Thursday, May 13, 2010

Latam Lifts Telefonica

Boosted by growth in Latin America, Telefonica said its revenue, in organic terms, grew 0.9% year-on-year in the first quarter of 2009 to 13.93 billion euros. Excluding the impact of regulatory measures, revenue growth would have reached 2.4%, Telefonica added.

Telefonica said that its Latin American operations contributed 2.1 percentage points of the organic growth, while it also saw healthy growth rates in the UK and Germany, excluding the impact of regulation, "driven by the increasing contribution from the mobile internet business." Capex in the first quarter was 1.19 billion euros (down -0.2% year-on-year in organic terms. source: Telefonica statement

Wednesday, May 12, 2010

U.S. and Germany Hold Back DT

Hit by lower fixed-line sales in Germany and lower mobile sales in the U.S., Deutsche Telekom said its organic revenues declined 3.3% year-on-year to 15.81 billion euros in the first quarter of 2010. Service revenues in the U.S. fell 2.5% as T-Mobile U.S. continued to lose customers, while fixed-line revenues in Germany sank 4%.

Deutsche Telekom said its 3G network in the U.S. now has almost 27,000 base stations (up 1,437 in the first quarter), providing coverage to 208 million people. Its goal is to provide HSPA+ coverage to 185 Americans by the end of 2010. source: Deutsche Telekom presentation

Friday, May 7, 2010

Telecom Italia Sales Shrink

Telecom Italia said that its organic revenues fell almost 5% in the first quarter of 2010 to 6.48 billion euros, dragged down by a 7% fall in domestic mobile  revenues and a 5% fall in domestic fixed-line revenues. TIM Brasil saw its revenues rise almost 4% on the back of a "significant growth in traffic volume." source: Telecom Italia presentation

China Pulls Down Alactel Lucent

Hit by a significant slowdown in China and tight component availability, Alcatel-Lucent said that its sales fell 8% year-on-year to 3.25 billion euros, adjusted for exchange rate fluctuations, in the first quarter of 2010. The Paris-based equipment maker's optics and wireline revenues were worst hit, falling 14% and 24% respectively at constant currencies. source: Alcatel-Lucent presentation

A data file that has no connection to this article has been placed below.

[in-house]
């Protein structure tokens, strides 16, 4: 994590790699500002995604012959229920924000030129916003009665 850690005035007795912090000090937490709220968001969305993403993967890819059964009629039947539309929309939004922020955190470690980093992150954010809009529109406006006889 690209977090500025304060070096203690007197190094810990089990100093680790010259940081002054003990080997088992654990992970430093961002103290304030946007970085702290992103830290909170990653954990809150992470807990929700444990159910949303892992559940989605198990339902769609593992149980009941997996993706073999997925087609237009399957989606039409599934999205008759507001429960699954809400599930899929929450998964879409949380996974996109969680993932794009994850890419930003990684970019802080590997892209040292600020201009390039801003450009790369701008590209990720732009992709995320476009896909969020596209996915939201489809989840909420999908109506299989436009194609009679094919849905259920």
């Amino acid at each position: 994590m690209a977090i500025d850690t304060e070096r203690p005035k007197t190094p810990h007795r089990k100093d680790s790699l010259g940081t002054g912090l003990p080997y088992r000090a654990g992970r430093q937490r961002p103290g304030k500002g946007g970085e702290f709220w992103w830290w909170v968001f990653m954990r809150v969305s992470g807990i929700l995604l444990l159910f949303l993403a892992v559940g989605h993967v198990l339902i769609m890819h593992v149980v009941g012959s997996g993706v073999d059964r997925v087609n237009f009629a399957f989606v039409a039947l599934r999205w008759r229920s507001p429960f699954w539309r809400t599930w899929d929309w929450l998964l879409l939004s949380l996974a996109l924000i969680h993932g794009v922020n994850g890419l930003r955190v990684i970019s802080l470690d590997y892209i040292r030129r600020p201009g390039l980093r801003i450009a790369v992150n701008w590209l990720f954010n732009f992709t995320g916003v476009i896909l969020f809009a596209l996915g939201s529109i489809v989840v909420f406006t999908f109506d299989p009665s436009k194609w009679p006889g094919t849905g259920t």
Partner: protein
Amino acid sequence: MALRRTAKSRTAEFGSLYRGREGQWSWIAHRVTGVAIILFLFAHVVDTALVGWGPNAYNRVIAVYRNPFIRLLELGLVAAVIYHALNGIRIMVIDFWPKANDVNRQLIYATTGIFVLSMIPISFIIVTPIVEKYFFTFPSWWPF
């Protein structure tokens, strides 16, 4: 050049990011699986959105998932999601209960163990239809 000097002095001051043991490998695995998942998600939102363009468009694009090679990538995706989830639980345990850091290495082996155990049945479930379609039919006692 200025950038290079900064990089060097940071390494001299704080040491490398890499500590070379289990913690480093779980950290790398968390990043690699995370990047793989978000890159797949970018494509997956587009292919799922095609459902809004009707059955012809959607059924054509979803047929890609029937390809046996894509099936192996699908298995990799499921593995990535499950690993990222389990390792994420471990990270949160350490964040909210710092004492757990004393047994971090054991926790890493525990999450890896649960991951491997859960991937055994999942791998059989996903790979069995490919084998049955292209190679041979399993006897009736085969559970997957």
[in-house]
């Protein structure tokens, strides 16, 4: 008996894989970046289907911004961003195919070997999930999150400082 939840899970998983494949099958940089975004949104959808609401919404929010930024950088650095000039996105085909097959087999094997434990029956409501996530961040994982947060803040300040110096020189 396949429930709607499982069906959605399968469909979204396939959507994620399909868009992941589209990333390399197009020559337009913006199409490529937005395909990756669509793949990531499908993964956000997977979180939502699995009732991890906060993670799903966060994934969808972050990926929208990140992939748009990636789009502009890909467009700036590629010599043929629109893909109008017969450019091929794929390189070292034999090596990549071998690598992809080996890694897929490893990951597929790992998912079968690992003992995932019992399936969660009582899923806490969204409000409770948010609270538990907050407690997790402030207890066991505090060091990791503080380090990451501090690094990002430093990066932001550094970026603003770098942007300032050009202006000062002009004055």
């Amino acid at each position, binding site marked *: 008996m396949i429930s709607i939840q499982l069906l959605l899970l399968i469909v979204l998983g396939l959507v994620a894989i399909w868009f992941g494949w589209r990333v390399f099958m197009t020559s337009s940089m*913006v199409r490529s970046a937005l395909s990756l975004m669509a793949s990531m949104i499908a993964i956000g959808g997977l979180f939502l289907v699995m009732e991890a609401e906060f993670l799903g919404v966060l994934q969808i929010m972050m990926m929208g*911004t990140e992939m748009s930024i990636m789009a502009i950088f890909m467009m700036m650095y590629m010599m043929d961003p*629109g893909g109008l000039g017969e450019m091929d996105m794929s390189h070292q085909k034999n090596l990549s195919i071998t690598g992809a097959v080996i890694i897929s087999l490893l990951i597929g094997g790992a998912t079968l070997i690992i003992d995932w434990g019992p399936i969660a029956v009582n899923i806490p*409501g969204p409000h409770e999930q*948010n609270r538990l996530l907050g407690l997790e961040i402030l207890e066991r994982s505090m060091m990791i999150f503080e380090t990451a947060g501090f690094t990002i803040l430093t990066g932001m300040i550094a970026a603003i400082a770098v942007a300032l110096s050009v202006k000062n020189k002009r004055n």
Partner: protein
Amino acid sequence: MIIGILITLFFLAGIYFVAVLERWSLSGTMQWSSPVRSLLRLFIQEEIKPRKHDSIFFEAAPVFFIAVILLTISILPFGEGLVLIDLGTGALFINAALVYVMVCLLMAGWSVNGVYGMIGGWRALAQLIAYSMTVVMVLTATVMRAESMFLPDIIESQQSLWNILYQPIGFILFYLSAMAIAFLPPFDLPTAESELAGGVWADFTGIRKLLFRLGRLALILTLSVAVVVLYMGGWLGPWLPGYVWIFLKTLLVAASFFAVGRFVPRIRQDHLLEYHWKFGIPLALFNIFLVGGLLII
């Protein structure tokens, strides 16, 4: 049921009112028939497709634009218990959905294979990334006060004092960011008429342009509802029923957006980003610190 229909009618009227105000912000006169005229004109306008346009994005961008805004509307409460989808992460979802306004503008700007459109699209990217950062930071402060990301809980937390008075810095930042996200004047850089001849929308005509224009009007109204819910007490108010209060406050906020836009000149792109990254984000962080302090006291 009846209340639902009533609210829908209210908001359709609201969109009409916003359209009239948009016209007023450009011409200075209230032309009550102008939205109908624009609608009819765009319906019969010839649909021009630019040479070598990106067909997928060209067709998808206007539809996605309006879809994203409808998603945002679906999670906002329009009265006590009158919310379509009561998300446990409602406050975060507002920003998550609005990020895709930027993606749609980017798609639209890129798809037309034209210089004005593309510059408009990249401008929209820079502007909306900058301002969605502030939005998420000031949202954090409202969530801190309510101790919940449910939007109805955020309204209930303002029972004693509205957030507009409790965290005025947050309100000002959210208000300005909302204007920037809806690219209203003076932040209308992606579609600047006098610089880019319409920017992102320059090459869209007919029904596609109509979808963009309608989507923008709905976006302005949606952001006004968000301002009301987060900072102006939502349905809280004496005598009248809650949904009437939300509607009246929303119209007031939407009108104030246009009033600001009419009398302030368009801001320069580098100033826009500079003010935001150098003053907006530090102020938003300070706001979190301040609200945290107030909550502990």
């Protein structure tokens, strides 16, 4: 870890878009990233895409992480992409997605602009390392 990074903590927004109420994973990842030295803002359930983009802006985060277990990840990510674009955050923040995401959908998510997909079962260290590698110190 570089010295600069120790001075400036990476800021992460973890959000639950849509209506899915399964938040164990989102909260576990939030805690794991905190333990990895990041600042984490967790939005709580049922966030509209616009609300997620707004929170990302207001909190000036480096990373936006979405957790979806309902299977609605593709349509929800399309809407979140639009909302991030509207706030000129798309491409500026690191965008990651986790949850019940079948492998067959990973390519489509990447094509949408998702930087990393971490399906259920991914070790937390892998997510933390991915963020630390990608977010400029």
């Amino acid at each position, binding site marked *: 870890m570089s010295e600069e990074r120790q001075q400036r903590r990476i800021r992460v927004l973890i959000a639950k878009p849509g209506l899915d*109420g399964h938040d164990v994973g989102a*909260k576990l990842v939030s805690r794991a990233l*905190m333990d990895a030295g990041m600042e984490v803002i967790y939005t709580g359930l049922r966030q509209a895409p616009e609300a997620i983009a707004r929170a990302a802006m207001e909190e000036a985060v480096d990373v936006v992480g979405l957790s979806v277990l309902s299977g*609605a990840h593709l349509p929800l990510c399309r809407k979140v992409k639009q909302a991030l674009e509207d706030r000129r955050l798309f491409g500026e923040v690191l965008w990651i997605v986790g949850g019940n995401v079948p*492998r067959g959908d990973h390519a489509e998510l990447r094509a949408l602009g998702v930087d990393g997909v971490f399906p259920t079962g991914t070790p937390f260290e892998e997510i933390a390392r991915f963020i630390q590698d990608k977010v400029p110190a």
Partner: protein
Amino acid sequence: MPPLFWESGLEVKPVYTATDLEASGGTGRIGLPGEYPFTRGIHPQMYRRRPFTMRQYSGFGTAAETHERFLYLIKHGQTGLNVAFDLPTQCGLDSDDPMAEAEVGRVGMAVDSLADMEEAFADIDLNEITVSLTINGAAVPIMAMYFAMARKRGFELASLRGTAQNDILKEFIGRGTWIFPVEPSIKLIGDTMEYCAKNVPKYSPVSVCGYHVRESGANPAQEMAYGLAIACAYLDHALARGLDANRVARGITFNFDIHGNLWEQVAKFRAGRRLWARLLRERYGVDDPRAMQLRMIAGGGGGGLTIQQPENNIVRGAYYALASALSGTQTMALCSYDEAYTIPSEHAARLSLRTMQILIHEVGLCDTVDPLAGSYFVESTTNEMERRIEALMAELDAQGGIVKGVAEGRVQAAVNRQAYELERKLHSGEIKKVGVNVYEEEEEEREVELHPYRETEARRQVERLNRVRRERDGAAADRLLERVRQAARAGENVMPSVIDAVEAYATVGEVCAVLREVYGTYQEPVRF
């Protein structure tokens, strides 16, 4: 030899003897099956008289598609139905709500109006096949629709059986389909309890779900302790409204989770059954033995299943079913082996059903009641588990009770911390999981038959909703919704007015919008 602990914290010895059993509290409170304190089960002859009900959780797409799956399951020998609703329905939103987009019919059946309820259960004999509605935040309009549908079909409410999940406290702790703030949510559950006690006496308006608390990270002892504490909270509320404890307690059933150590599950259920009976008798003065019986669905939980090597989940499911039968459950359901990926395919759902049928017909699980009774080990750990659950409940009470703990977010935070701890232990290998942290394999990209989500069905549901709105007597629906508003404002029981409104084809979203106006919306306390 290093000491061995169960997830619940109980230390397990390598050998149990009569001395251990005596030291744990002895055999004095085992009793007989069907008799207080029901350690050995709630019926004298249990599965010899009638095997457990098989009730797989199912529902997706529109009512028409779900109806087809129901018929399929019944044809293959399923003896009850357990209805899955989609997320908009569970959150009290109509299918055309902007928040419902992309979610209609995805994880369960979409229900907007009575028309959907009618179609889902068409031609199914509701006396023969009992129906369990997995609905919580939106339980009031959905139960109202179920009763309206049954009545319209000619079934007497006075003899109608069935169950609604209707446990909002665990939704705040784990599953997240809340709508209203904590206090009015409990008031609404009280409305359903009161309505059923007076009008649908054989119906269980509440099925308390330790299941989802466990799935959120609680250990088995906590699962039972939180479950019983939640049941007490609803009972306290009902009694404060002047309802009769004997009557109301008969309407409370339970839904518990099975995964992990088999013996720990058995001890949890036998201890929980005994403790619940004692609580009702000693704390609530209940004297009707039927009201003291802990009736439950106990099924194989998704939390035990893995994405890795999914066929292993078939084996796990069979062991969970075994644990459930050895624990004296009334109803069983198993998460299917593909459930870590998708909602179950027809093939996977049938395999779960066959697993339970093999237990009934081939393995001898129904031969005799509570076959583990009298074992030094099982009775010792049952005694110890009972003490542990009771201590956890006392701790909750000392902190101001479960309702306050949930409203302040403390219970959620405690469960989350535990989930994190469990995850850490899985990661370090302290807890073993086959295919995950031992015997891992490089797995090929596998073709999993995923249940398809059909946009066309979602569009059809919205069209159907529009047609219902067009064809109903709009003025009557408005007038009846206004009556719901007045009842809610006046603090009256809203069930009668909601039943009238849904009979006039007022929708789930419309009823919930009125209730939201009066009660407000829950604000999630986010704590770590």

Wednesday, May 5, 2010

Content Creation & Freelance Journalism

After six years writing for the Wall Street Journal and a further eight years experience with trade publications, I am an accomplished and skillful interviewer and writer, capable of turning technical and esoteric subject matter into readable and engaging copy. During more than three years at the GSMA, I wrote numerous press releases, FAQs, bylined articles, executive summaries and even the occasional white paper. Where required, I am able to work quickly and to tight deadlines.

For the 2011 edition of the Mobile World Congress, I helped the GSMA develop the conference programme and related content for its Mobile World Live television service, which broadcast live during the event.

If and when I have the capacity, I take on freelance journalism projects, assuming there is no conflict of interest with my media relations work.

For more details or to request samples of my work, please email: pringled@btinternet.com

Ericsson Expands Horizons

Ericsson CEO Hans Vestberg: "Less than 5% of the world's population has access to 21 Mbit/s or more in the air, at least 1.5 million installed GSM radio base stations must be replaced and in addition we see continued need for services in fields such as consulting, system integration and managed services. We estimate that our addressable market, including joint ventures, is worth 350 billion US dollars." source: Ericsson statement

Asia Growth Boosts Telenor

Telenor said its organic revenue grew almost 3% year-on-year in the first quarter of 2010 to 23.95 billion Norwegian krone (3.96 billion US dollars) lifted by a strong performance in Pakistan, Bangladesh and Thailand, together with mobile data revenue growth in the Nordics.